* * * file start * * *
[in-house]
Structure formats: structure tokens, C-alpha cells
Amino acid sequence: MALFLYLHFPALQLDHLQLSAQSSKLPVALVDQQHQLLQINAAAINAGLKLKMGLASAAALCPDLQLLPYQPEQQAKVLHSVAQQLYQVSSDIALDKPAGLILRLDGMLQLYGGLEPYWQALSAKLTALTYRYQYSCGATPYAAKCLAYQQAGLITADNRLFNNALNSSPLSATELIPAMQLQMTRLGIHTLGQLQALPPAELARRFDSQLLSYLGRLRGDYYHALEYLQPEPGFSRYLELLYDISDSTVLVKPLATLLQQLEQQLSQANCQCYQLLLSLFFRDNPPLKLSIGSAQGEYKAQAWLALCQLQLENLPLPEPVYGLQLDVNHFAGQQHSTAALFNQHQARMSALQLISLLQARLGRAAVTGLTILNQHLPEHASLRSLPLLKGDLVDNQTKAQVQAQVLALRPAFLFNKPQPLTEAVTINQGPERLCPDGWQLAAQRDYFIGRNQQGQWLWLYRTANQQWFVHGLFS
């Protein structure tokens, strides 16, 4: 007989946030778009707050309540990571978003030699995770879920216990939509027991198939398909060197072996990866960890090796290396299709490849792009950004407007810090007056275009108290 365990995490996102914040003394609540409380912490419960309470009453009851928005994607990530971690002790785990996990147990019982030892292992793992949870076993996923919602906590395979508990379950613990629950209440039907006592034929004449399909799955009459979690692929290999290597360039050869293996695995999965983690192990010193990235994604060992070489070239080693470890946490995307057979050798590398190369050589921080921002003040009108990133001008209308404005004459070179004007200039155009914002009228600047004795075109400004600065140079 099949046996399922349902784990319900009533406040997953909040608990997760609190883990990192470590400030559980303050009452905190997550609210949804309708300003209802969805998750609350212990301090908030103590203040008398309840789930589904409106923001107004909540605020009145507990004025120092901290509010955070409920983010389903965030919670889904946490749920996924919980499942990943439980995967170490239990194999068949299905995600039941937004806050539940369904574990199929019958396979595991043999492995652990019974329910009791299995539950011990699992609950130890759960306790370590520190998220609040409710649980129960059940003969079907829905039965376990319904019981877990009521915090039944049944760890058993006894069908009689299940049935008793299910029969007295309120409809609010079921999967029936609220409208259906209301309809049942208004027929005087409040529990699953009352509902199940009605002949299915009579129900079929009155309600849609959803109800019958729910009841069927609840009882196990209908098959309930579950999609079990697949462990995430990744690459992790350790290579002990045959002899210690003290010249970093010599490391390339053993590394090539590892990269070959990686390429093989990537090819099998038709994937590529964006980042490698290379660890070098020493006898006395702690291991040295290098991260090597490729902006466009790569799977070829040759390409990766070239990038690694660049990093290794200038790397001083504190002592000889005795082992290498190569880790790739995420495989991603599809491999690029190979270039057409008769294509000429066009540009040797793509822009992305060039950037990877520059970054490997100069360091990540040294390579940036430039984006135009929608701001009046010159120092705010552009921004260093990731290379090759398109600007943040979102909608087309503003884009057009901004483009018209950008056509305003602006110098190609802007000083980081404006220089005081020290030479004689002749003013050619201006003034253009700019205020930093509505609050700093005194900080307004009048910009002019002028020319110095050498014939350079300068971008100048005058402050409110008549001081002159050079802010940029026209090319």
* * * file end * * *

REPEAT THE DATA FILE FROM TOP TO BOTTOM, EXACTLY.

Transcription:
[in-house]
Structure formats: structure tokens, C-alpha cells
Amino acid sequence: MALFLYLHFPALQLDHLQLSAQSSKLPVALVDQQHQLLQINAAAINAGLKLKMGLASAAALCPDLQLLPYQPEQQAKVLHSVAQQLYQVSSDIALDKPAGLILRLDGMLQLYGGLEPYWQALSAKLTALTYRYQYSCGATPYAAKCLAYQQAGLITADNRLFNNALNSSPLSATELIPAMQLQMTRLGIHTLGQLQALPPAELARRFDSQLLSYLGRLRGDYYHALEYLQPEPGFSRYLELLYDISDSTVLVKPLATLLQQLEQQLSQANCQCYQLLLSLFFRDNPPLKLSIGSAQGEYKAQAWLALCQLQLENLPLPEPVYGLQLDVNHFAGQQHSTAALFNQHQARMSALQLISLLQARLGRAAVTGLTILNQHLPEHASLRSLPLLKGDLVDNQTKAQVQAQVLALRPAFLFNKPQPLTEAVTINQGPERLCPDGWQLAAQRDYFIGRNQQGQWLWLYRTANQQWFVHGLFS
């Protein structure tokens, strides 16, 4: 007989946030778009707050309540990571978003030699995770879920216990939509027991198939398909060197072996990866960890090796290396299709490849792009950004407007810090007056275009108290 365990995490996102914040003394609540409380912490419960309470009453009851928005994607990530971690002790785990996990147990019982030892292992793992949870076993996923919602906590395979508990379950613990629950209440039907006592034929004449399909799955009459979690692929290999290597360039050869293996695995999965983690192990010193990235994604060992070489070239080693470890946490995307057979050798590398190369050589921080921002003040009108990133001008209308404005004459070179004007200039155009914002009228600047004795075109400004600065140079 099949046996399922349902784990319900009533406040997953909040608990997760609190883990990192470590400030559980303050009452905190997550609210949804309708300003209802969805998750609350212990301090908030103590203040008398309840789930589904409106923001107004909540605020009145507990004025120092901290509010955070409920983010389903965030919670889904946490749920996924919980499942990943439980995967170490239990194999068949299905995600039941937004806050539940369904574990199929019958396979595991043999492995652990019974329910009791299995539950011990699992609950130890759960306790370590520190998220609040409710649980129960059940003969079907829905039965376990319904019981877990009521915090039944049944760890058993006894069908009689299940049935008793299910029969007295309120409809609010079921999967029936609220409208259906209301309809049942208004027929005087409040529990699953009352509902199940009605002949299915009579129900079929009155309600849609959803109800019958729910009841069927609840009882196990209908098959309930579950999609079990697949462990995430990744690459992790350790290579002990045959002899210690003290010249970093010599490391390339053993590394090539590892990269070959990686390429093989990537090819099998038709994937590529964006980042490698290379660890070098020493006898006395702690291991040295290098991260090597490729902006466009790569799977070829040759390409990766070239990038690694660049990093290794200038790397001083504190002592000889005795082992290498190569880790790739995420495989991603599809491999690029190979270039057409008769294509000429066009540009040797793509822009992305060039950037990877520059970054490997100069360091990540040294390579940036430039984006135009929608701001009046010159120092705010552009921004260093990731290379090759398109600007943040979102909608087309503003884009057009901004483009018209950008056509305003602006110098190609802007000083980081404006220089005081020290030479004689002749003013050619201006003034253009700019205020930093509505609050700093005194900080307004009048910009002019002028020319110095050498014939350079300068971008100048005058402050409110008549001081002159050079802010940029026209090319």